In an earlier post, we explored an incredibly disturbing statistic in which 97% of Americans grossly overestimate the cost of installing solar on their homes.
Whereas the true cost can be in the low thousands (sometimes even zero upfront) the perceived cost is closer to $20,000.
You’d think that with all the information out there – all the offers, sales, blogs, literature – misconceptions like this could never surface. But unfortunately, this is wishful thinking. 97% is a pretty telling number.
As solar marketers, we have a lot more work to do.
So I asked myself – how could that many people be so wrong? What are we not doing correctly?
Then I took a closer look at several solar energy sites – companies that primarily target residential and commercial customers. And I realized that the current solar marketing approach simply isn’t working.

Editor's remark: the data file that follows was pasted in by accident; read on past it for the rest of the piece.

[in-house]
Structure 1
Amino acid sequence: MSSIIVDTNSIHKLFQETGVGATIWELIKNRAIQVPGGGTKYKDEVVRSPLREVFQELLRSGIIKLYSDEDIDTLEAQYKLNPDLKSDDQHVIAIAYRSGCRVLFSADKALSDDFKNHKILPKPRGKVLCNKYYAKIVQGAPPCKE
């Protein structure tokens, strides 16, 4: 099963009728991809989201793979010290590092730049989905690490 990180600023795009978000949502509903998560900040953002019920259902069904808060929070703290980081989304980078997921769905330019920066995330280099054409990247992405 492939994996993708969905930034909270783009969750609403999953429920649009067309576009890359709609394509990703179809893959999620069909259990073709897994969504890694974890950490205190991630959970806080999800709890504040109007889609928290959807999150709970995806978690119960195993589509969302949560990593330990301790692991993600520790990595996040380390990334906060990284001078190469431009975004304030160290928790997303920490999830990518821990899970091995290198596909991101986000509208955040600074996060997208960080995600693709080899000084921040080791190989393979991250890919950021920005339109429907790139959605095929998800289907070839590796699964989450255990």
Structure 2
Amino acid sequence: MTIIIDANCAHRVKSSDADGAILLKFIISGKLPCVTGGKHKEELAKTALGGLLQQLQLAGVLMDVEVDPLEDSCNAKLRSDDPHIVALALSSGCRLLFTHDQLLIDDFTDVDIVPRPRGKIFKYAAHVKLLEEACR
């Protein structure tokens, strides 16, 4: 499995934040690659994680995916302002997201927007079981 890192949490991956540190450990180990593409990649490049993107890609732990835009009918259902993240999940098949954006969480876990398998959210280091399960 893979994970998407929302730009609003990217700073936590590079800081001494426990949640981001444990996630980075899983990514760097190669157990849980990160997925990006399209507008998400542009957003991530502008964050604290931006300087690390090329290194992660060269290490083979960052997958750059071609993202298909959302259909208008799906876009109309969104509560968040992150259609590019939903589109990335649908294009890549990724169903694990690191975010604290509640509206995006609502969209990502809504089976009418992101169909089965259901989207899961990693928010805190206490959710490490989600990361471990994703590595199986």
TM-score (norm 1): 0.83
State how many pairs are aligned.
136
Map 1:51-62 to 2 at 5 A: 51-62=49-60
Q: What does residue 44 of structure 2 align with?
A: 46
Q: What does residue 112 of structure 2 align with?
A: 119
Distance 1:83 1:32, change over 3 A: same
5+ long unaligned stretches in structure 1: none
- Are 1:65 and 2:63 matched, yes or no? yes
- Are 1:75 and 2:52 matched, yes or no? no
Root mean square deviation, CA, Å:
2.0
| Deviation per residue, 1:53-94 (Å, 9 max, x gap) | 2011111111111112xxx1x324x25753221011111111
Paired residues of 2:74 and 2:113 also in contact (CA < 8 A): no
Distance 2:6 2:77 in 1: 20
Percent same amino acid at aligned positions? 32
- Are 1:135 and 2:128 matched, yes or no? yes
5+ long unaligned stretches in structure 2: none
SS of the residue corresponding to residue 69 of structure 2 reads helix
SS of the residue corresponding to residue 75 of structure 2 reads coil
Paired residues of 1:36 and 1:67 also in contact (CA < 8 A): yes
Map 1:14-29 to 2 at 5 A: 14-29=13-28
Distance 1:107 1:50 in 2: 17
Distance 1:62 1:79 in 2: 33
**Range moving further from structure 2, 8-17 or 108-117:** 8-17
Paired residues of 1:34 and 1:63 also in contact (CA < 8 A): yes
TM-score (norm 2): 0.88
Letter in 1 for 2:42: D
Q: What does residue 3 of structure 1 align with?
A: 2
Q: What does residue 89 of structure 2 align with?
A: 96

Current Solar Cost Estimation Practices
On the surface, this makes perfect sense. “Let us know where you live – and we’ll come over to give you a free, no-obligation inspection.”
But for Web visitors, I can imagine a very different thought process going on. After all, they’re just researching – exploring. They want to know (more or less) what an installation might cost and how much money they’ll save on their electricity or heating bills.
I can imagine them thinking:
Great. I give these guys my contact information. Now I’m in their system and will begin receiving junk mail.
What’s more, I now have to block out a Saturday afternoon so I can be at home to receive solar inspectors.
And I gotta do this with each and every company I contact. I just want a ballpark figure for now.
As you can see – it’s kind of a hassle. There are probably a lot of folks who visit but never fill out the “free consultation” form because they’re simply not ready to go through all the trouble.
With iPods, cars, vacations – you know what you can expect to pay. But with solar, you have to commit even before you’re ready to commit.
How a Solar Calculator Can Boost Your Marketing Efforts
A solar calculator (or solar cost/savings estimator) is a solution that I wish more companies adopted.
For users, it’s easy to see the advantages.